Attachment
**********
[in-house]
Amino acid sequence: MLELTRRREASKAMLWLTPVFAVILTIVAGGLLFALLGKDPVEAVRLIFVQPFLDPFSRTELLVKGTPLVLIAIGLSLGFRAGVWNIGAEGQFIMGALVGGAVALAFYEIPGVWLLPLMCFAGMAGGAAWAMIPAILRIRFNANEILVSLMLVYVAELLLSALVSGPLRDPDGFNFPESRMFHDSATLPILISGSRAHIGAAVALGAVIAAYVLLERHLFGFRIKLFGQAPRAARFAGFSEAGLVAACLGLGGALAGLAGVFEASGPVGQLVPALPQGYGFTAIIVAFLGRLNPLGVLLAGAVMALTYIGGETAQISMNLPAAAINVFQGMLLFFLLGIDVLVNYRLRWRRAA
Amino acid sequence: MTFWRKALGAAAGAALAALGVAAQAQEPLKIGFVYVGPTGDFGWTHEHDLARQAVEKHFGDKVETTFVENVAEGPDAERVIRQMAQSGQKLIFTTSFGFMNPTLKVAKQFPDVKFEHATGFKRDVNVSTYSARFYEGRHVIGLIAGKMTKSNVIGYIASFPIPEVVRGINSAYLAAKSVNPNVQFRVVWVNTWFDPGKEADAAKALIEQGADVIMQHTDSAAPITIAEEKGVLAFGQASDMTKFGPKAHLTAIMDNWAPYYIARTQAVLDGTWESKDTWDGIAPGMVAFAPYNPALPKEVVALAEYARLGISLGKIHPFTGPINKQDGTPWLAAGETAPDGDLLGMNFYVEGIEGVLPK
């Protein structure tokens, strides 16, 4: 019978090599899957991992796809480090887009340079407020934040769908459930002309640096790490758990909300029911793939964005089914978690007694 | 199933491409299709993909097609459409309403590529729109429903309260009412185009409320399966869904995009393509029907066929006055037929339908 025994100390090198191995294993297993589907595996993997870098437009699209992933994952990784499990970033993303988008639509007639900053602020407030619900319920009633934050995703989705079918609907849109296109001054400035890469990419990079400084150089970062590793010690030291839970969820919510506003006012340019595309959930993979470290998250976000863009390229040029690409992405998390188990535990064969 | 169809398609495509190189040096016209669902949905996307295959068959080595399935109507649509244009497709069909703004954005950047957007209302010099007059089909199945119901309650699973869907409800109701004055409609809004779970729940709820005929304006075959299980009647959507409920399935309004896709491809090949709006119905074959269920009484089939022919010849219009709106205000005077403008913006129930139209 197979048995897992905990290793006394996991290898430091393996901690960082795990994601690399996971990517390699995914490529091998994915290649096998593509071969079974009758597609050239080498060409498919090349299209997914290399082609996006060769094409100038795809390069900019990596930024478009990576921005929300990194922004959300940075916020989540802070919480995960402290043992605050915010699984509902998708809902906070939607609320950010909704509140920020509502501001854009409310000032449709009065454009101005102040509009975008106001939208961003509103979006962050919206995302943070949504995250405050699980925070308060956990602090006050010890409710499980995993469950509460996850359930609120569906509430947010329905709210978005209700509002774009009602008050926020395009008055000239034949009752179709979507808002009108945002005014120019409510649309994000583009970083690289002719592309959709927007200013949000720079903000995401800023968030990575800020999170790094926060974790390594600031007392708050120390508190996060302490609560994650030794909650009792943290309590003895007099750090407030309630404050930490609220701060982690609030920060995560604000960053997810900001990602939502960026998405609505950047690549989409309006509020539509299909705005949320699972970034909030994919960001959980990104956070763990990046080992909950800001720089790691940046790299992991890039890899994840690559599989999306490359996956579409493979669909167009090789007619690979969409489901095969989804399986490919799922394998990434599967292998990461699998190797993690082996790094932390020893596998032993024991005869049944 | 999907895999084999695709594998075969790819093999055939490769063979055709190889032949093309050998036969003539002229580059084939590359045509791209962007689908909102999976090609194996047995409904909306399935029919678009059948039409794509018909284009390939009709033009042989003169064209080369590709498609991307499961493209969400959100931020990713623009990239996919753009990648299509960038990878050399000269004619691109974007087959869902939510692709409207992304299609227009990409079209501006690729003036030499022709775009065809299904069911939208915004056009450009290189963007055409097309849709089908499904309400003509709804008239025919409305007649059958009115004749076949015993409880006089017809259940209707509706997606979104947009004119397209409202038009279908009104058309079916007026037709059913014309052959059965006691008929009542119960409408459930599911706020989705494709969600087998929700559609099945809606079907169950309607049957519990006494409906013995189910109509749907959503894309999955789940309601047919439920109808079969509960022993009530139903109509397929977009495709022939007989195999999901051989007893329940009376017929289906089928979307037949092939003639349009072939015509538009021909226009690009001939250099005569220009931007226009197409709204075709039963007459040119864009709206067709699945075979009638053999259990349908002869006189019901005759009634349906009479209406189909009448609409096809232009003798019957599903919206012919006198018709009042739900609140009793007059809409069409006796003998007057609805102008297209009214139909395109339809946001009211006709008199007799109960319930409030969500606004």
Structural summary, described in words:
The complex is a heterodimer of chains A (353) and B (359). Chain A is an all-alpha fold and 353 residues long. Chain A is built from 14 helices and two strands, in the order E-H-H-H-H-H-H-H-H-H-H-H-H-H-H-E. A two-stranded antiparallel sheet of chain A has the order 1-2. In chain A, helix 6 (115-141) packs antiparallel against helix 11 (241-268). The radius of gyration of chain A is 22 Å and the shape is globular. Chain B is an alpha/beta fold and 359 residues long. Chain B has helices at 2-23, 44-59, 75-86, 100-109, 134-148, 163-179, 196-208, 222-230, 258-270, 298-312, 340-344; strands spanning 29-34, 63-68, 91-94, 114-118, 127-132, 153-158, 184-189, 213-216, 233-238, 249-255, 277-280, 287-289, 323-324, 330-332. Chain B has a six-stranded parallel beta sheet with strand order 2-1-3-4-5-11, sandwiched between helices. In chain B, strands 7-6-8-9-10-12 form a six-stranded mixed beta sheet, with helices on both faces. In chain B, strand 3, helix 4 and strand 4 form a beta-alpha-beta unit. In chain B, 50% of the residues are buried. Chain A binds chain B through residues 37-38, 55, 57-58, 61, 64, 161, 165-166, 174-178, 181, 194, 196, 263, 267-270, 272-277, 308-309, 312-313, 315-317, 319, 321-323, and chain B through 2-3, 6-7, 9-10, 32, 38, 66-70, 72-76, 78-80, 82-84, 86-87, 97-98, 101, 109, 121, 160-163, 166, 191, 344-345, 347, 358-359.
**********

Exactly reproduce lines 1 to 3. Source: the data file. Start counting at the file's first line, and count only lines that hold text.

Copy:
[in-house]
Amino acid sequence: MLELTRRREASKAMLWLTPVFAVILTIVAGGLLFALLGKDPVEAVRLIFVQPFLDPFSRTELLVKGTPLVLIAIGLSLGFRAGVWNIGAEGQFIMGALVGGAVALAFYEIPGVWLLPLMCFAGMAGGAAWAMIPAILRIRFNANEILVSLMLVYVAELLLSALVSGPLRDPDGFNFPESRMFHDSATLPILISGSRAHIGAAVALGAVIAAYVLLERHLFGFRIKLFGQAPRAARFAGFSEAGLVAACLGLGGALAGLAGVFEASGPVGQLVPALPQGYGFTAIIVAFLGRLNPLGVLLAGAVMALTYIGGETAQISMNLPAAAINVFQGMLLFFLLGIDVLVNYRLRWRRAA
Amino acid sequence: MTFWRKALGAAAGAALAALGVAAQAQEPLKIGFVYVGPTGDFGWTHEHDLARQAVEKHFGDKVETTFVENVAEGPDAERVIRQMAQSGQKLIFTTSFGFMNPTLKVAKQFPDVKFEHATGFKRDVNVSTYSARFYEGRHVIGLIAGKMTKSNVIGYIASFPIPEVVRGINSAYLAAKSVNPNVQFRVVWVNTWFDPGKEADAAKALIEQGADVIMQHTDSAAPITIAEEKGVLAFGQASDMTKFGPKAHLTAIMDNWAPYYIARTQAVLDGTWESKDTWDGIAPGMVAFAPYNPALPKEVVALAEYARLGISLGKIHPFTGPINKQDGTPWLAAGETAPDGDLLGMNFYVEGIEGVLPK